How Latin America Is the Future of the Airline Industry

South AmericaUpdates

Nov 07. No part of the world is seeing as many big changes to the airline business as Latin America. The final shape is still opaque, but one thing is clear for the region’s aviation industry: All eyes are watching closely for how this transformation unfolds.

Twelve minutes. That’s all the time it took for the board of directors of Avianca, the second largest airline in Latin America, to set the fate of the carrier and begin a series of sweeping changes to the airline industry in the region.

The date was May 10, 2020. It was a partly cloudy spring Wednesday in Bogotá, where Avianca is headquartered. The weather, however, was likely of little consequence to the board that met via teleconference to decide the airline’s fate at 8:03 a.m. local time. Dialing, or Zooming possibly, in were its 10 directors, including then chief financial officer and now CEO Adrian Neuhauser.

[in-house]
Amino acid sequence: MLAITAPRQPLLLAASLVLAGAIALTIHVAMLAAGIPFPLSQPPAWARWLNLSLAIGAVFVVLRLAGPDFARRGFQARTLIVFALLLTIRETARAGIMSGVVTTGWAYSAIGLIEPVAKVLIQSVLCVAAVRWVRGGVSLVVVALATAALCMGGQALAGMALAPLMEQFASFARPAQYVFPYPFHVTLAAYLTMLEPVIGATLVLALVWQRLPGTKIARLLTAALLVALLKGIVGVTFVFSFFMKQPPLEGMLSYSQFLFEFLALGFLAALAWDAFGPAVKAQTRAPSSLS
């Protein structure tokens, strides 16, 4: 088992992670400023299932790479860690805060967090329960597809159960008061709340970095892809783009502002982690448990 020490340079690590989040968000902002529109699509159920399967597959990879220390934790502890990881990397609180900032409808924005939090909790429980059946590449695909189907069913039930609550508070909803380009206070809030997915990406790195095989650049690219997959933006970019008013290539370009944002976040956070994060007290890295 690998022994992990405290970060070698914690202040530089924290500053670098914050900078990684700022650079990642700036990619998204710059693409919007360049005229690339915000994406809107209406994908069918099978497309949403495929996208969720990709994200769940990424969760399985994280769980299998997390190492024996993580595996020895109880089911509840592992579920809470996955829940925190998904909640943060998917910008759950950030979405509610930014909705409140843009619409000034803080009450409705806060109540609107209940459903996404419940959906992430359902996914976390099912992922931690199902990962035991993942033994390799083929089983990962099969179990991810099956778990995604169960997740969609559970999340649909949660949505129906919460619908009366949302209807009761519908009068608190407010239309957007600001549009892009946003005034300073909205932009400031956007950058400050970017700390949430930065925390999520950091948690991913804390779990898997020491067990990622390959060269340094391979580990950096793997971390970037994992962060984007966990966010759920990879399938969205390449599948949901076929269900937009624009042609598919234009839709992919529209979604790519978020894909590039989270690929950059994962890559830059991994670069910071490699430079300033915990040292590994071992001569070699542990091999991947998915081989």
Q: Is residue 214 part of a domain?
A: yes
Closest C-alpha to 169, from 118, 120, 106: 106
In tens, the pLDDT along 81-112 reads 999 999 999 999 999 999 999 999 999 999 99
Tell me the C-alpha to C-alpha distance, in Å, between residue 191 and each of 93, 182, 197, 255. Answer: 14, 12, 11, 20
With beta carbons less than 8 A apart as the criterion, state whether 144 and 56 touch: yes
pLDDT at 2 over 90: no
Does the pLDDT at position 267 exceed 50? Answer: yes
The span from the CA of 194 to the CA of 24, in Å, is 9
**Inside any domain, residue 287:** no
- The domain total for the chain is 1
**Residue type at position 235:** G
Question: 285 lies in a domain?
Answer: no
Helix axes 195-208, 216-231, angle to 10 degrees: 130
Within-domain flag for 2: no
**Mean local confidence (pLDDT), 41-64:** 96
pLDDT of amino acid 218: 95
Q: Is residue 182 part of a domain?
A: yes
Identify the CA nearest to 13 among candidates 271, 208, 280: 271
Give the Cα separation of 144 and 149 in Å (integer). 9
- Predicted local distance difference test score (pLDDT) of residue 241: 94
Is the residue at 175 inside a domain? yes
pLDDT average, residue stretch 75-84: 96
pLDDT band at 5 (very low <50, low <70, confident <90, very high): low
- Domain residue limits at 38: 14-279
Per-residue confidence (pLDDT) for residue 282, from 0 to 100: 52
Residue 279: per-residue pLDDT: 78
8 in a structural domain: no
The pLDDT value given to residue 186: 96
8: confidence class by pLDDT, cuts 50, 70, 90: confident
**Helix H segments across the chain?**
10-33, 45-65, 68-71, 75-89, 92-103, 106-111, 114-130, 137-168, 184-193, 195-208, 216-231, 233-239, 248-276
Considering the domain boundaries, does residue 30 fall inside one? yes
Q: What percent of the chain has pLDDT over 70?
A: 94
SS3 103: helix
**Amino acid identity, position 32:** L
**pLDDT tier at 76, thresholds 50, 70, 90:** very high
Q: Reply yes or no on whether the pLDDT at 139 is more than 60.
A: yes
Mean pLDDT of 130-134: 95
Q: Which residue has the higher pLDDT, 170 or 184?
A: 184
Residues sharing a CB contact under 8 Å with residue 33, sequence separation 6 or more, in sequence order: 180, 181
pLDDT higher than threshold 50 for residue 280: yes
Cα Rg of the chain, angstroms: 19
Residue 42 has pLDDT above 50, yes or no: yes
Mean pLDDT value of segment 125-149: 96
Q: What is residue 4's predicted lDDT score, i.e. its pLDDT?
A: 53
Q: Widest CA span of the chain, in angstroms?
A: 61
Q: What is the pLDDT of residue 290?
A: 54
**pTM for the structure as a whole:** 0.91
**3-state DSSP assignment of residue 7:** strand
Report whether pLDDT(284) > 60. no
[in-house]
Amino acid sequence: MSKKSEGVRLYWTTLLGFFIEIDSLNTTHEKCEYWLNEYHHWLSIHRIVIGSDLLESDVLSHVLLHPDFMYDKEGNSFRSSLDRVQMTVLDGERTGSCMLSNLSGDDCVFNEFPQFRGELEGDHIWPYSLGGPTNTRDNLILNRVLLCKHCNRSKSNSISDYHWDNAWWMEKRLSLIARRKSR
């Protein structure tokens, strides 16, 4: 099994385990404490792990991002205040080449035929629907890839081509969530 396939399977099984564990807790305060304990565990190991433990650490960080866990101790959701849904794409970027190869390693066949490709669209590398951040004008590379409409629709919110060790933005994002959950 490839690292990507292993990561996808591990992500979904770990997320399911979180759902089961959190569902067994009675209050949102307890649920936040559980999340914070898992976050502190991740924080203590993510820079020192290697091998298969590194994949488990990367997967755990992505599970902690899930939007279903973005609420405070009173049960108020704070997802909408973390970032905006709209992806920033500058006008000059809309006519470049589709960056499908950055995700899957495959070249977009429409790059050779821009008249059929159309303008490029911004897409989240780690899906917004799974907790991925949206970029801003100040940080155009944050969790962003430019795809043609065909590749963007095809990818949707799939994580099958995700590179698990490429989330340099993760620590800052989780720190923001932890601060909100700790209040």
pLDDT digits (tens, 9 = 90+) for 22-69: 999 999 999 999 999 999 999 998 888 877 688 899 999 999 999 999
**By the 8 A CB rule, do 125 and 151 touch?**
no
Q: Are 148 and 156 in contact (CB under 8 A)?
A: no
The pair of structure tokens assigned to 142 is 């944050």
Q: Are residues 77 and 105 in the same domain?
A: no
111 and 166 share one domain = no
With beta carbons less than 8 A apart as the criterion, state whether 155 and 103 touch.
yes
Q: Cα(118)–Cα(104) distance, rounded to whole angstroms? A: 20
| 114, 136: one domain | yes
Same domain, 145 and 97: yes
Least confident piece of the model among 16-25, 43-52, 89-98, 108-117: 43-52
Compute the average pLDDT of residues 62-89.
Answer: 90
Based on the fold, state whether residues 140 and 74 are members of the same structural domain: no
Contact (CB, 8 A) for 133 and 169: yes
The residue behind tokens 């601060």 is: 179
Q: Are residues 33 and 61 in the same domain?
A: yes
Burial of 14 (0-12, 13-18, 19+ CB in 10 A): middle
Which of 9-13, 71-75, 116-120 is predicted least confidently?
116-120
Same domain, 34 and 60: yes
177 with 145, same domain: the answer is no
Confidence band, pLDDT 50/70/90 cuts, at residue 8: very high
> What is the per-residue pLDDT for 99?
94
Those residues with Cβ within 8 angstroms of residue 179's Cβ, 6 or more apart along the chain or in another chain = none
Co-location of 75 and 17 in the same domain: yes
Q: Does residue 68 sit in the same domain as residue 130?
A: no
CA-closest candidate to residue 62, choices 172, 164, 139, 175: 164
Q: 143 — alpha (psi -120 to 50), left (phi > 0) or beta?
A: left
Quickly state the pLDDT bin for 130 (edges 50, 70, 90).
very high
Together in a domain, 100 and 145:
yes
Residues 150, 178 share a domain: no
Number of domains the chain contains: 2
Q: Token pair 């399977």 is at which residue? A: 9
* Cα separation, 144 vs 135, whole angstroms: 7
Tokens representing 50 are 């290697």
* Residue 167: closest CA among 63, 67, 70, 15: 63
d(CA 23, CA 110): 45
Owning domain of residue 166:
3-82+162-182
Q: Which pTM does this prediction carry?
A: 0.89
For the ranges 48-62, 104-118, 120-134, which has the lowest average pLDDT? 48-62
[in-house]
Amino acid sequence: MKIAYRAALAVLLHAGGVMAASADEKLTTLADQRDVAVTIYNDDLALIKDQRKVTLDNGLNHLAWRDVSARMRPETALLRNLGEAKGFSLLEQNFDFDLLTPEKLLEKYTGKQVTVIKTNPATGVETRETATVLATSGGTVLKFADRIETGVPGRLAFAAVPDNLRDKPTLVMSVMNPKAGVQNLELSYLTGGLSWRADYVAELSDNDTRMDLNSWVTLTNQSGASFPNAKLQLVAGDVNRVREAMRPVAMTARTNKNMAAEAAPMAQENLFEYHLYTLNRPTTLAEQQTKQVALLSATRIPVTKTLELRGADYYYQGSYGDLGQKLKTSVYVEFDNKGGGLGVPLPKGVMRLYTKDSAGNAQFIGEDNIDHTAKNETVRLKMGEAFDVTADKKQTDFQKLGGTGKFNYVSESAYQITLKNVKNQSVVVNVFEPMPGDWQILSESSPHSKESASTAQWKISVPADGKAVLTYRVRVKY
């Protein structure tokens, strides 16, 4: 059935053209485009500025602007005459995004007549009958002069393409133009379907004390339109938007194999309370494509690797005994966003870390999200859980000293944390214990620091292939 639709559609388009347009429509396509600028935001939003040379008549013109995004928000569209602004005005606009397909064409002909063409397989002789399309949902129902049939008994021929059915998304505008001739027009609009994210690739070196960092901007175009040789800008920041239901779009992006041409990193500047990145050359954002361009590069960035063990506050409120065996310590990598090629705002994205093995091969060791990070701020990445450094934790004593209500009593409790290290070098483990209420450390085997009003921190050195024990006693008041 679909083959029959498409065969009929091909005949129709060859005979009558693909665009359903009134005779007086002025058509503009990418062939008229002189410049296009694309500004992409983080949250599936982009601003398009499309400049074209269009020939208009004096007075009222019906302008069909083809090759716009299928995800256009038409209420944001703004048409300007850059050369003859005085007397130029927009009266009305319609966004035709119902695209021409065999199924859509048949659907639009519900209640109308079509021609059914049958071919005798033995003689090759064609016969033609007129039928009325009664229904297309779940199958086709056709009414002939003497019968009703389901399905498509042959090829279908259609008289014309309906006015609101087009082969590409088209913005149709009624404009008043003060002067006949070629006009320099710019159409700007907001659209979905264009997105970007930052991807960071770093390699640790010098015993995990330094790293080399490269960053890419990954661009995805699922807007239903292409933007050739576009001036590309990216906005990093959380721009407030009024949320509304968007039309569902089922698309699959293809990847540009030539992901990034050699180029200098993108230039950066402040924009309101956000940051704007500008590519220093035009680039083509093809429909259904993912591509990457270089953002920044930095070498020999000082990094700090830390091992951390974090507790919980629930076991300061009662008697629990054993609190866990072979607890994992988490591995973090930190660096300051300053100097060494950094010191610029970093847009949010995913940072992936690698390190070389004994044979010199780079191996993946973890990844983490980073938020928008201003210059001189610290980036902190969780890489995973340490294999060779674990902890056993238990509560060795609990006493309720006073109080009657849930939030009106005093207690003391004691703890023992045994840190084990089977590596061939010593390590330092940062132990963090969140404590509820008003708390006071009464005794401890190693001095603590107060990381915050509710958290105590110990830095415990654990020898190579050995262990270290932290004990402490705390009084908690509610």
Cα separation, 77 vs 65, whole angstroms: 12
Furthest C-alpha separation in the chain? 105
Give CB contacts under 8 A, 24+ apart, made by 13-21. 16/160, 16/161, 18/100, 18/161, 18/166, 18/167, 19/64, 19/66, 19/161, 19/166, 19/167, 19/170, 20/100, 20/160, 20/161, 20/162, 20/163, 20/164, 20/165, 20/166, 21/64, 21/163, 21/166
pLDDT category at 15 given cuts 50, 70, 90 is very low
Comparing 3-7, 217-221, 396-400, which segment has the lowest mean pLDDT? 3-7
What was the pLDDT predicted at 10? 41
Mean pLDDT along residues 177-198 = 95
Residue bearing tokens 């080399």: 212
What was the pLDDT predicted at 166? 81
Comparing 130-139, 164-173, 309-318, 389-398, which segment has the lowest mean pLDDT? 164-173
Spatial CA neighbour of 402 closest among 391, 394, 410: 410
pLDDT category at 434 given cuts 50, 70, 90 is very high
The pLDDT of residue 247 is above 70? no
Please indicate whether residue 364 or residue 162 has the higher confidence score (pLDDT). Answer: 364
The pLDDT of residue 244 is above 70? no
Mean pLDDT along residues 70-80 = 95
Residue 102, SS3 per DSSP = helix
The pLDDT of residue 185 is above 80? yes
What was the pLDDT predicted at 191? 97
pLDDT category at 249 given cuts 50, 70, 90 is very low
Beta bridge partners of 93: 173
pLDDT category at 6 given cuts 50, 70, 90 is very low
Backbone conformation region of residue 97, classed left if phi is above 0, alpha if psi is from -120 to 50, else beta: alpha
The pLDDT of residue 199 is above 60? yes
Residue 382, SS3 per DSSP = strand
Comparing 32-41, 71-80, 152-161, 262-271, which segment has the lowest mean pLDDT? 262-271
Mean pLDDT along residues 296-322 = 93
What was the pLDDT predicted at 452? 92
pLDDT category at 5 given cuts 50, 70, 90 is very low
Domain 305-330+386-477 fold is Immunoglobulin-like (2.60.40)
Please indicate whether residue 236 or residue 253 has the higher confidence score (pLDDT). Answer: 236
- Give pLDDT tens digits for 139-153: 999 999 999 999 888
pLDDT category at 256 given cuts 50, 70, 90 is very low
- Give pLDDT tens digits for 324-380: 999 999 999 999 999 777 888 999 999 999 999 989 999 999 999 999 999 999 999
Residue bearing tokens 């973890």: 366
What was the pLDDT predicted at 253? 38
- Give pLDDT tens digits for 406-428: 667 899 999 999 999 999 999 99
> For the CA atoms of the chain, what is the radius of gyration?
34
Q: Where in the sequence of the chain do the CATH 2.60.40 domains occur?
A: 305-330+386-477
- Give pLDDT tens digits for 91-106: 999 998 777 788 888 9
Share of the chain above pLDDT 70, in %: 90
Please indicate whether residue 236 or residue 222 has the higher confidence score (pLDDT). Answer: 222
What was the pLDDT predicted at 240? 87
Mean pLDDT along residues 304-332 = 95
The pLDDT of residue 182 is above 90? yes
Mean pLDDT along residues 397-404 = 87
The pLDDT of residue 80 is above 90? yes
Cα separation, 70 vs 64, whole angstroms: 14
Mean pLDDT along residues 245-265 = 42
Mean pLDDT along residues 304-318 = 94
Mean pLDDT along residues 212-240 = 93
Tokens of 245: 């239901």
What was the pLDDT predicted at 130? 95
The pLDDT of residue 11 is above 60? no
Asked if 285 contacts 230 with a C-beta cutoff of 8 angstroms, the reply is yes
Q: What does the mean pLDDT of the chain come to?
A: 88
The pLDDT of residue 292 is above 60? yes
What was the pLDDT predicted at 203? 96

In front of them was a momentous decision: Whether or not to take Avianca into bankruptcy given, as minutes from the meeting show, the airline’s cash flows were “severely impacted by the effects of the Covid-19 pandemic.” If they voted yes, it would be the largest airline bankruptcy to that point in the crisis.

All of the facts in front of the board pointed to a yes vote. Global air travel was a month off its pandemic nadir in April 2020. Airspace in Colombia, Avianca’s largest market, had been closed since March 20, and the airline’s flights suspended since March 25. And then there was the “uncertainty caused by the limited visibility that the industry [had] with respect to the demand recovery.”

Source: Skift


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